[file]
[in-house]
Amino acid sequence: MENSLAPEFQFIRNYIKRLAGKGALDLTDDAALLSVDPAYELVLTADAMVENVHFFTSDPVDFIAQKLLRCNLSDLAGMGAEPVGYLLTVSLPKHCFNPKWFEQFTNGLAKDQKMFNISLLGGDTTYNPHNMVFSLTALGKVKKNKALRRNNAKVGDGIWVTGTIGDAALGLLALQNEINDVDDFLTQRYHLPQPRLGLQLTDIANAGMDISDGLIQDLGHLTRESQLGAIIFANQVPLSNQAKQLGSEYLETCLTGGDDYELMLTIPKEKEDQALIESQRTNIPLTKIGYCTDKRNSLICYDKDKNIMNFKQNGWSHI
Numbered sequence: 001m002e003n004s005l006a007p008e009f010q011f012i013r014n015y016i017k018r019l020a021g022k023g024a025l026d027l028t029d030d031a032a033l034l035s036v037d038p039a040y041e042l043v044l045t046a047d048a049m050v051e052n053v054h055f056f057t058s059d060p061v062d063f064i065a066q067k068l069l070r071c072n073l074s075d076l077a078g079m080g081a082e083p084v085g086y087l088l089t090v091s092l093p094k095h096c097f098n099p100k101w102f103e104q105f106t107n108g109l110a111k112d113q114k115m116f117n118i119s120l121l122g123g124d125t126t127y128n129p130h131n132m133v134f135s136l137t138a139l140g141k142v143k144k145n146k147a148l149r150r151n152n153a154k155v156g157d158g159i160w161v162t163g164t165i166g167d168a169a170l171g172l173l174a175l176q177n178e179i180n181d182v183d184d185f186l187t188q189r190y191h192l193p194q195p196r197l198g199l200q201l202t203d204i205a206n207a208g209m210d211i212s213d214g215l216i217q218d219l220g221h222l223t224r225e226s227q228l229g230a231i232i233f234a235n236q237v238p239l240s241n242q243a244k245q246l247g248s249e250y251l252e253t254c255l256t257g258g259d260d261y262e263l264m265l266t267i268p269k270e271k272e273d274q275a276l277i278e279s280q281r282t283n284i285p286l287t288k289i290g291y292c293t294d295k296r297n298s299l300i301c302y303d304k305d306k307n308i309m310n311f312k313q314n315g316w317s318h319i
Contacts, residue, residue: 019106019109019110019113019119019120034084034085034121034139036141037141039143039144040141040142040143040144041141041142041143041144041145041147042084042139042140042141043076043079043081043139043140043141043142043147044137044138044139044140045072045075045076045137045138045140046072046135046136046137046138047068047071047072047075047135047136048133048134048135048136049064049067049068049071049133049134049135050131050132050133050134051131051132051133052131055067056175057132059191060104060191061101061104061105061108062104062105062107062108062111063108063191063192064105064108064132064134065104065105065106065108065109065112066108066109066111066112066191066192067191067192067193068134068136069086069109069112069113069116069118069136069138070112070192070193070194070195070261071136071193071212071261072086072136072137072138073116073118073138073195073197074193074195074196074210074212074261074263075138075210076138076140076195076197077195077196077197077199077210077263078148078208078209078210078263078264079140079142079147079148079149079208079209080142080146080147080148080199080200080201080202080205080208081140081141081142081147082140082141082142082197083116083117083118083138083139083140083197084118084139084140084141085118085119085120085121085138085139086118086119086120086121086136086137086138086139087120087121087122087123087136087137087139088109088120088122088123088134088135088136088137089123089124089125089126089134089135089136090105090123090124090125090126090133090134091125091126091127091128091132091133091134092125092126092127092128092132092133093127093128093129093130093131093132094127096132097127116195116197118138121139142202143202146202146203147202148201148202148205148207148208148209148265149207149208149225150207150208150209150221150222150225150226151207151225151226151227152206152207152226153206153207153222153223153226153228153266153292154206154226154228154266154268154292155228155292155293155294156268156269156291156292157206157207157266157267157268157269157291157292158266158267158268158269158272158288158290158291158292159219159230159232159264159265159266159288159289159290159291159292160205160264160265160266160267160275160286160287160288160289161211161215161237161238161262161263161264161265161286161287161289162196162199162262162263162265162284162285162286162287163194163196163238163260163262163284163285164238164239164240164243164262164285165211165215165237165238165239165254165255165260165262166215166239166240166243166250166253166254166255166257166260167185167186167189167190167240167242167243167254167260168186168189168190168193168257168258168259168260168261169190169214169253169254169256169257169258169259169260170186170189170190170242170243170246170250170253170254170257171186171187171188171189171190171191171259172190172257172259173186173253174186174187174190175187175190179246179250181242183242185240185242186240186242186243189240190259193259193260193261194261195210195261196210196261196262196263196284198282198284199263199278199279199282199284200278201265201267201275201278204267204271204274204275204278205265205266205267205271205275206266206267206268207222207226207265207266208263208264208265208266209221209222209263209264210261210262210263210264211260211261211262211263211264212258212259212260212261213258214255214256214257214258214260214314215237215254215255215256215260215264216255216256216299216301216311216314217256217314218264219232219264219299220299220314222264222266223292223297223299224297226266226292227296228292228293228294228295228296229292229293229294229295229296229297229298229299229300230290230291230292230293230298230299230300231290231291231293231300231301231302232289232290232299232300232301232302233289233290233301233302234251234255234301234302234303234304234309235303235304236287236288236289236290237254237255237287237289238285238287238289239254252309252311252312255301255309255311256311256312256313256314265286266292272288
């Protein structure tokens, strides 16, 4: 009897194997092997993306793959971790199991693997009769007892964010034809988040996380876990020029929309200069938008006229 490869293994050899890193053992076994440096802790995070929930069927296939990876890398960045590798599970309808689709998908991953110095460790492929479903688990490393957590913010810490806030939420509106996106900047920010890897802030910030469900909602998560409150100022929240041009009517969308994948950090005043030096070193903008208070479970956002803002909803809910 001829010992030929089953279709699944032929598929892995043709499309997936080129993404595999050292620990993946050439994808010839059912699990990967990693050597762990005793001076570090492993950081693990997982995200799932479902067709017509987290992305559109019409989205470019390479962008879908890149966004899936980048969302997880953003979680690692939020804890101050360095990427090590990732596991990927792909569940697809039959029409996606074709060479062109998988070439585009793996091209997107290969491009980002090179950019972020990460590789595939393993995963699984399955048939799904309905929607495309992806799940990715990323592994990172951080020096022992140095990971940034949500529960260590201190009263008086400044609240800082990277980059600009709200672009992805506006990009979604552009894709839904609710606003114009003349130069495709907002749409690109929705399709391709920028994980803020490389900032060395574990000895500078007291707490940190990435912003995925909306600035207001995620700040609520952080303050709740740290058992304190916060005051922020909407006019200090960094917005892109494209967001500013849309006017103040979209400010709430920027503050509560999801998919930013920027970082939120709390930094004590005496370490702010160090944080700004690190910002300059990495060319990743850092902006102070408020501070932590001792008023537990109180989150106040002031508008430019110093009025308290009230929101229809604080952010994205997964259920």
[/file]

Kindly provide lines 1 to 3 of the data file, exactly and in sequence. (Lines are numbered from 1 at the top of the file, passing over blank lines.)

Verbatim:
[in-house]
Amino acid sequence: MENSLAPEFQFIRNYIKRLAGKGALDLTDDAALLSVDPAYELVLTADAMVENVHFFTSDPVDFIAQKLLRCNLSDLAGMGAEPVGYLLTVSLPKHCFNPKWFEQFTNGLAKDQKMFNISLLGGDTTYNPHNMVFSLTALGKVKKNKALRRNNAKVGDGIWVTGTIGDAALGLLALQNEINDVDDFLTQRYHLPQPRLGLQLTDIANAGMDISDGLIQDLGHLTRESQLGAIIFANQVPLSNQAKQLGSEYLETCLTGGDDYELMLTIPKEKEDQALIESQRTNIPLTKIGYCTDKRNSLICYDKDKNIMNFKQNGWSHI
Numbered sequence: 001m002e003n004s005l006a007p008e009f010q011f012i013r014n015y016i017k018r019l020a021g022k023g024a025l026d027l028t029d030d031a032a033l034l035s036v037d038p039a040y041e042l043v044l045t046a047d048a049m050v051e052n053v054h055f056f057t058s059d060p061v062d063f064i065a066q067k068l069l070r071c072n073l074s075d076l077a078g079m080g081a082e083p084v085g086y087l088l089t090v091s092l093p094k095h096c097f098n099p100k101w102f103e104q105f106t107n108g109l110a111k112d113q114k115m116f117n118i119s120l121l122g123g124d125t126t127y128n129p130h131n132m133v134f135s136l137t138a139l140g141k142v143k144k145n146k147a148l149r150r151n152n153a154k155v156g157d158g159i160w161v162t163g164t165i166g167d168a169a170l171g172l173l174a175l176q177n178e179i180n181d182v183d184d185f186l187t188q189r190y191h192l193p194q195p196r197l198g199l200q201l202t203d204i205a206n207a208g209m210d211i212s213d214g215l216i217q218d219l220g221h222l223t224r225e226s227q228l229g230a231i232i233f234a235n236q237v238p239l240s241n242q243a244k245q246l247g248s249e250y251l252e253t254c255l256t257g258g259d260d261y262e263l264m265l266t267i268p269k270e271k272e273d274q275a276l277i278e279s280q281r282t283n284i285p286l287t288k289i290g291y292c293t294d295k296r297n298s299l300i301c302y303d304k305d306k307n308i309m310n311f312k313q314n315g316w317s318h319i